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Linux Zswap Still Aiming For Compressed Swap Caching

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  • Linux Zswap Still Aiming For Compressed Swap Caching

    Phoronix: Linux Zswap Still Aiming For Compressed Swap Caching

    A second version of the Zswap patch-set for the Linux kernel was published this week. The Zswap patches provide compressed swap caching support to compress pages in the process of being swapped and compresses them into a dynamically allocated RAM-backed memory pool...

    http://www.phoronix.com/vr.php?view=MTI3MTA

  • #2
    TBH, I really never saw the purpose of swap-caches.
    Before you start a rant, I want to clear up that, when you have enough RAM, you don't really need a Swap-Partition.
    Moreover, it wears out SSD-drives which should be avoided. Considering memory has turned very cheap in the last few years, I myself really recommend you to just buy your 16Gb-sticks and are good to go without putting to much IO-load on your hard-drive.
    Even when you use a distribution like Gentoo, you can easily turn the Makeopts to 8 simultaneous tasks (on i7) without reaching the memory limit (only 8 Gb Max.).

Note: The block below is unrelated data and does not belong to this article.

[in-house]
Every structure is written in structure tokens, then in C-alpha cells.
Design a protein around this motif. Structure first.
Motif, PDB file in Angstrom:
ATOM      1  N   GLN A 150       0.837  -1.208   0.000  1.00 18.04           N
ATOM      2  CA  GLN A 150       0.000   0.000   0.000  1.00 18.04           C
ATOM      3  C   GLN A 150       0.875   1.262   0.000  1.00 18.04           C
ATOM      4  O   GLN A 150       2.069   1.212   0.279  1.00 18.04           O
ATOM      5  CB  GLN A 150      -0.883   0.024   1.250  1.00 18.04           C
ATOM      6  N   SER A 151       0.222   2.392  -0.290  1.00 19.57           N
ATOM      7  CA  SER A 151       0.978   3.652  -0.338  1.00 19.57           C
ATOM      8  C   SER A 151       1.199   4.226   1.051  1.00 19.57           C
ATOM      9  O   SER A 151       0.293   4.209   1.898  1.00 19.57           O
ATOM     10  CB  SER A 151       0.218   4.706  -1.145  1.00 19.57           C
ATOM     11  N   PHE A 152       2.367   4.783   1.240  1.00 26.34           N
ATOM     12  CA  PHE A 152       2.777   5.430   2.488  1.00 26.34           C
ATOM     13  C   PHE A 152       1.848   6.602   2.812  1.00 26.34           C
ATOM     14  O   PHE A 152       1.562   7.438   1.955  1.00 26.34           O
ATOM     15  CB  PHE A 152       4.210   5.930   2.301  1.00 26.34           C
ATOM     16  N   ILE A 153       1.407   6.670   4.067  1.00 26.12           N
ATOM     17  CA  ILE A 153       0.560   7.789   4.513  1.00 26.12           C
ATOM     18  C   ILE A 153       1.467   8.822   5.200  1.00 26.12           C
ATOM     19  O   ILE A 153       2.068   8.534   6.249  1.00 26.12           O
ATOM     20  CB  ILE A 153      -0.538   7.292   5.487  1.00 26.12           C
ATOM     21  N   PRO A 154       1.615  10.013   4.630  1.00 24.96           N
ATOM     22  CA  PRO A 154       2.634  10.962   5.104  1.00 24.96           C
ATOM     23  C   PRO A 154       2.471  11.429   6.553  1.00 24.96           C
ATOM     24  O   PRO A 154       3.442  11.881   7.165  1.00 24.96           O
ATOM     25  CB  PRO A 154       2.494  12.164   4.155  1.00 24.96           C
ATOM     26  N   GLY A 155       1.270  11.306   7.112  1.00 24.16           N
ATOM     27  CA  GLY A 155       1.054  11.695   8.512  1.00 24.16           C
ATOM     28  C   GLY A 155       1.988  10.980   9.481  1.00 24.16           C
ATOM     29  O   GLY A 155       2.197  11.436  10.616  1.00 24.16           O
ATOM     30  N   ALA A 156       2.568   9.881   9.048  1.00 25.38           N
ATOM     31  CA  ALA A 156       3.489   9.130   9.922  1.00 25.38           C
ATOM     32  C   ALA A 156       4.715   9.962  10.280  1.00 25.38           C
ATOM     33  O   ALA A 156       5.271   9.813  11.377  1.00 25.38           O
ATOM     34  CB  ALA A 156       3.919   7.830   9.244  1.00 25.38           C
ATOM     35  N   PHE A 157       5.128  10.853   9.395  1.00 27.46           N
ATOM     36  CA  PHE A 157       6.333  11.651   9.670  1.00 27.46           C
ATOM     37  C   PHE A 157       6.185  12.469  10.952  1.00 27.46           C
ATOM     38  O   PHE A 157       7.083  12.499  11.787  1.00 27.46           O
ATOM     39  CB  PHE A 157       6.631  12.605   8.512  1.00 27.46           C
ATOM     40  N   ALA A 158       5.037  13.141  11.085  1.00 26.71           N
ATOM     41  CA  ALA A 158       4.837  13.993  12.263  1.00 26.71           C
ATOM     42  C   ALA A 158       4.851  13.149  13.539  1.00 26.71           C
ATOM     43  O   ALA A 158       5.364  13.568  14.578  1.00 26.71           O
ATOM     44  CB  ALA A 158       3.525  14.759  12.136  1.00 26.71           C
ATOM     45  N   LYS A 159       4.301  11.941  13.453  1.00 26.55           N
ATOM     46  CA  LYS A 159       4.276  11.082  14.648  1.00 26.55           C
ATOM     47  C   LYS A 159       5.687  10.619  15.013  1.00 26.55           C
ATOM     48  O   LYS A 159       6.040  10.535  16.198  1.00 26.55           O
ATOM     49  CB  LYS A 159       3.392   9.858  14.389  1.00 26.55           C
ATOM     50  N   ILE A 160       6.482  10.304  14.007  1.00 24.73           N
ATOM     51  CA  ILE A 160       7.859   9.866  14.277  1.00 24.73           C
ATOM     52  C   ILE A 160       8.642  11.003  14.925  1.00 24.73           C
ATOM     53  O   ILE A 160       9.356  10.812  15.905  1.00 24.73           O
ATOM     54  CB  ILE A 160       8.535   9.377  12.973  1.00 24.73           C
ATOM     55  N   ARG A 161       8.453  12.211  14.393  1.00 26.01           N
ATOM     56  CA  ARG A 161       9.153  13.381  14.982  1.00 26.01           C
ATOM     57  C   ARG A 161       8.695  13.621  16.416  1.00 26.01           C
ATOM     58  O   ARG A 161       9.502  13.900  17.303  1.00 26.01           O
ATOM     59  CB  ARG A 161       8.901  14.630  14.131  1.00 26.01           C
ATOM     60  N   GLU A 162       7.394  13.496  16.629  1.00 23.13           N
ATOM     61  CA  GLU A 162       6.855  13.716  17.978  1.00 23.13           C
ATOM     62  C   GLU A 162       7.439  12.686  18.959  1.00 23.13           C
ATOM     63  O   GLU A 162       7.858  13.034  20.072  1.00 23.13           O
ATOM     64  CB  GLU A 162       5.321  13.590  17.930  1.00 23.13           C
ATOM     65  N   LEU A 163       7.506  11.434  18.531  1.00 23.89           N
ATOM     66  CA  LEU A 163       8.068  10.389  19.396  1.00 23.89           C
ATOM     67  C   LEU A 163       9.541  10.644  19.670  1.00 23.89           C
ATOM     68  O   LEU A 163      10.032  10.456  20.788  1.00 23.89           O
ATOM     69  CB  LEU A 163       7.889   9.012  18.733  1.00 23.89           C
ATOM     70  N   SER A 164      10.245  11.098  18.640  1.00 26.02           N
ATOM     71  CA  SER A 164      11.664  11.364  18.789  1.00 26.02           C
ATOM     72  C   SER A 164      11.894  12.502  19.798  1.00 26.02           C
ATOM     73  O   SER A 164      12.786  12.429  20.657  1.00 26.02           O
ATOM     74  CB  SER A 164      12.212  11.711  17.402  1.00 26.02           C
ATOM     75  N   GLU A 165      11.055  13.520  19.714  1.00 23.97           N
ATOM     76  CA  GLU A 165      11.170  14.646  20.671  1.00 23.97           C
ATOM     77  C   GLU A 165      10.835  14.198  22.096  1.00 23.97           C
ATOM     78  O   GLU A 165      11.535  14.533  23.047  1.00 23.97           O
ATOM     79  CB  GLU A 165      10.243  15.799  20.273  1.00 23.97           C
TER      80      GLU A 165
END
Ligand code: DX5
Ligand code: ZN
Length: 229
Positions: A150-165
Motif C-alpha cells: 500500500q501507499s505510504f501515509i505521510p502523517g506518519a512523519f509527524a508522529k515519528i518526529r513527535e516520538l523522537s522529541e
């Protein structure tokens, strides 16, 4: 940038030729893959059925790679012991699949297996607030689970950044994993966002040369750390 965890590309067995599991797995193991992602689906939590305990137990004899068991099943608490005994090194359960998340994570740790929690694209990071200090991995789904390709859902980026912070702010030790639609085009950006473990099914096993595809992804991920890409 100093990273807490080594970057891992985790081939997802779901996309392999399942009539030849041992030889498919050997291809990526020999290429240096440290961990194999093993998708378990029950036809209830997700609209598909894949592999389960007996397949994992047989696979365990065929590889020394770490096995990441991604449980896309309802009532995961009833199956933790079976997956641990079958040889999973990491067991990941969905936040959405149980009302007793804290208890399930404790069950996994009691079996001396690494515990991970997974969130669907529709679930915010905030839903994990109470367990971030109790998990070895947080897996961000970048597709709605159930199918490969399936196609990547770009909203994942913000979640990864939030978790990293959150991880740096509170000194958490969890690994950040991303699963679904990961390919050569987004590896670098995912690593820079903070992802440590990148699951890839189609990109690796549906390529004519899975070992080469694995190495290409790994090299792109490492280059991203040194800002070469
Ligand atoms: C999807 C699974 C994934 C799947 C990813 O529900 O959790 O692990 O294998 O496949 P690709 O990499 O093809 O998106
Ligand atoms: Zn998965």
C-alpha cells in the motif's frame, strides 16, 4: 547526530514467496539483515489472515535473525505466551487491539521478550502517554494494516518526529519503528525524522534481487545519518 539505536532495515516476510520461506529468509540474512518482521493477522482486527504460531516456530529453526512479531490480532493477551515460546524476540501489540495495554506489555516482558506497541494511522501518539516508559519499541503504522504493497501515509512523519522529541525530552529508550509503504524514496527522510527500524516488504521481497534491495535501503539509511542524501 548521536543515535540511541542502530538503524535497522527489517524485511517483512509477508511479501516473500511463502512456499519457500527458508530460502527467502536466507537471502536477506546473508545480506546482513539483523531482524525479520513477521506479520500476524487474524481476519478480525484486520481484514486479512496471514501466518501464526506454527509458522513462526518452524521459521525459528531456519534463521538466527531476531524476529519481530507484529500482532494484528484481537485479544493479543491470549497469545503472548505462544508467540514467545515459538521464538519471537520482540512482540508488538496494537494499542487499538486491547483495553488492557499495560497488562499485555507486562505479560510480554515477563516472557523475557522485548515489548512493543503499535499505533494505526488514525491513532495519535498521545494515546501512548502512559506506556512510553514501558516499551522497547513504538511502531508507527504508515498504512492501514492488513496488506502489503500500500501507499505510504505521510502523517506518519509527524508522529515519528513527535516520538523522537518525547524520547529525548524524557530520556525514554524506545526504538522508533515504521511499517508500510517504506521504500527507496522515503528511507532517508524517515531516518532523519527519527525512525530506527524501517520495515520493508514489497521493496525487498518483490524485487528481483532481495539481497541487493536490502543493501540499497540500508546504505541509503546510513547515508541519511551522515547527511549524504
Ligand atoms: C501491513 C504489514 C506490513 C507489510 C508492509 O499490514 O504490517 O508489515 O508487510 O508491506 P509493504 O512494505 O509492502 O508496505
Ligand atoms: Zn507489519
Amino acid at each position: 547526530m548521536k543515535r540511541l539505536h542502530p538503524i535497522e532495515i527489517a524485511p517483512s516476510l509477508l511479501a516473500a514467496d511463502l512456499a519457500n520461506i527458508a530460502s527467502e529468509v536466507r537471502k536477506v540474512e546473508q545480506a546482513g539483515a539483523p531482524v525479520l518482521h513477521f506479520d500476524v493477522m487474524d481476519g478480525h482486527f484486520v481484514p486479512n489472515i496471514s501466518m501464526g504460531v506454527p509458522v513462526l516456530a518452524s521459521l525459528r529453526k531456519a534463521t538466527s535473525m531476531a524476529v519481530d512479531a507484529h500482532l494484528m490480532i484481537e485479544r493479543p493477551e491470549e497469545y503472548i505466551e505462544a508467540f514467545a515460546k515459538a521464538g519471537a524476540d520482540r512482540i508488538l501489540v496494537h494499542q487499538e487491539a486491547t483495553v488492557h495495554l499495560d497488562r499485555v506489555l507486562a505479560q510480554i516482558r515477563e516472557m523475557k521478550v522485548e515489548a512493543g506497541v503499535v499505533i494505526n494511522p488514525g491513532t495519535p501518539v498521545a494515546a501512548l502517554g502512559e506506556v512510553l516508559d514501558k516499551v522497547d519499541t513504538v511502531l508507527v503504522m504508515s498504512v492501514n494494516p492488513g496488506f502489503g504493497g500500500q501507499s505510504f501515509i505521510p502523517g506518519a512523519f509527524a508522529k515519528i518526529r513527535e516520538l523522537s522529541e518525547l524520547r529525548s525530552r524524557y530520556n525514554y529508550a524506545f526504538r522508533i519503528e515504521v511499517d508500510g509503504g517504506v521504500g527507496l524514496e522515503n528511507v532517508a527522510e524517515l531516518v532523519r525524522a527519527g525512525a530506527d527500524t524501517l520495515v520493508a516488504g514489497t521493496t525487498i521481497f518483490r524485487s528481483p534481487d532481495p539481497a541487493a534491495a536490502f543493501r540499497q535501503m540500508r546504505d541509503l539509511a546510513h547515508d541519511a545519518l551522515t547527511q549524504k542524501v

Nevertheless, compressing the swap-file is a great concept and I am looking forward to what it will bring.

    If you have a completely different opinion on this topic, please let me know!

    Comment


    • #3
      This is definitely a good technology, if it works. I have no idea of the amount of code this adds to the kernel, and how critical sneaky bugs it may yield. And more code = more errors.

      Also,

      Some of us have laptops and cannot upgrade the memory since there aren't enough slots.
      You could always swap the old ones for bigger ones?

      Comment


      • #4
        Originally posted by varikonniemi View Post
        You could always swap the old ones for bigger ones?

        Some (like mine) are soldered to the board, yay ultrabooks

        Comment


        • #5
          Can someone with some insight relate how Zswap differs from zRam? Sounds like the only difference is zSwap compresses memory as its being written to swap (if I understand correctly), while zRam uses a separate "compressed ram swap" before falling back to the standard swap...

          Comment


          • #6
            Originally posted by gururise View Post
            Can someone with some insight relate how Zswap differs from zRam? Sounds like the only difference is zSwap compresses memory as its being written to swap (if I understand correctly), while zRam uses a separate "compressed ram swap" before falling back to the standard swap...
            See also the comment here:
            https://www.ibm.com/developerworks/m...ality7?lang=en

            Comment

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